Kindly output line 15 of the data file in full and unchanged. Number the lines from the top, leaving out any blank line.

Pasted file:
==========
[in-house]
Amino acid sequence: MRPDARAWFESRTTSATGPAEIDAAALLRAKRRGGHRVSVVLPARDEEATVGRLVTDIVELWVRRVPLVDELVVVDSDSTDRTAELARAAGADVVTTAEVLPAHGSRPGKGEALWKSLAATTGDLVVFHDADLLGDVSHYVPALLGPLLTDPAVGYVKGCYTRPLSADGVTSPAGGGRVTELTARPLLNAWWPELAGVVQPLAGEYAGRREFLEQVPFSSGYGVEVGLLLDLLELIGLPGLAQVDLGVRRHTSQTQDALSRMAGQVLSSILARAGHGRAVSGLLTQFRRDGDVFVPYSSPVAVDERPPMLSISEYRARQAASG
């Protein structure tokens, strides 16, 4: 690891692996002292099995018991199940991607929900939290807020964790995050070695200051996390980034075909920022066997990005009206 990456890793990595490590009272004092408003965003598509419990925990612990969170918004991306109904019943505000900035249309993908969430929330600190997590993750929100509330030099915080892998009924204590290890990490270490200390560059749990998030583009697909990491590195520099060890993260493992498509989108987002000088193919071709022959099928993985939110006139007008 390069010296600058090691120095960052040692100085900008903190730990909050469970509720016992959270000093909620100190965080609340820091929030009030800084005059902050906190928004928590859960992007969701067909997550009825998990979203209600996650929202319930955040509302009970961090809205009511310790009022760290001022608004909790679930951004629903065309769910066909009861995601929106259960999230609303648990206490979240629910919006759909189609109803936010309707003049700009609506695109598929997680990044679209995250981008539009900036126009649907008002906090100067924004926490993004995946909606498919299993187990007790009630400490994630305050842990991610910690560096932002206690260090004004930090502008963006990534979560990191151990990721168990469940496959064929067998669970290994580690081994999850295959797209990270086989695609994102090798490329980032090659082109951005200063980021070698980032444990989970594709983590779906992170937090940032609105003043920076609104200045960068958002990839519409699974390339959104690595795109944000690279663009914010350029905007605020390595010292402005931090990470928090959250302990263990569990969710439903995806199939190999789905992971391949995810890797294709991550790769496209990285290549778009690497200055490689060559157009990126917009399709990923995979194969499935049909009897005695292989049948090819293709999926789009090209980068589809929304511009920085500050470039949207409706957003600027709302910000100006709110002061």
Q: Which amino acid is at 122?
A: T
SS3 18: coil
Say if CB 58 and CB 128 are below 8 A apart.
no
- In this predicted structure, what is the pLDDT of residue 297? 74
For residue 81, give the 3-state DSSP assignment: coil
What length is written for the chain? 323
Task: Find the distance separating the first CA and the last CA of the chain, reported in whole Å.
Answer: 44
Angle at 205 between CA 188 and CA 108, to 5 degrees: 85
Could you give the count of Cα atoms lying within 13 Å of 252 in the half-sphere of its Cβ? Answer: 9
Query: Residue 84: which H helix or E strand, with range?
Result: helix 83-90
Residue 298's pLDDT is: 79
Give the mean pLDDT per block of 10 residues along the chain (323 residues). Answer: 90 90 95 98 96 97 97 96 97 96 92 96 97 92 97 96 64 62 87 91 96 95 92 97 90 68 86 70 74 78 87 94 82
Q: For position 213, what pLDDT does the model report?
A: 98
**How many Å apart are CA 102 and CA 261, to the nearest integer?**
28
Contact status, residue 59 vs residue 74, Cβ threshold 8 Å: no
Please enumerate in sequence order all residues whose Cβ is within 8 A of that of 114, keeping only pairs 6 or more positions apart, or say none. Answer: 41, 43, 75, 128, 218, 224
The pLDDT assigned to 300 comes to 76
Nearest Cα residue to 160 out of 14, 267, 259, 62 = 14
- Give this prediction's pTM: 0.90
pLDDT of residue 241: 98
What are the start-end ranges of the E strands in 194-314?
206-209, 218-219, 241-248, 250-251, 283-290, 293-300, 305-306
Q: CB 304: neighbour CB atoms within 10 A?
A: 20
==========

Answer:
Could you give the count of Cα atoms lying within 13 Å of 252 in the half-sphere of its Cβ? Answer: 9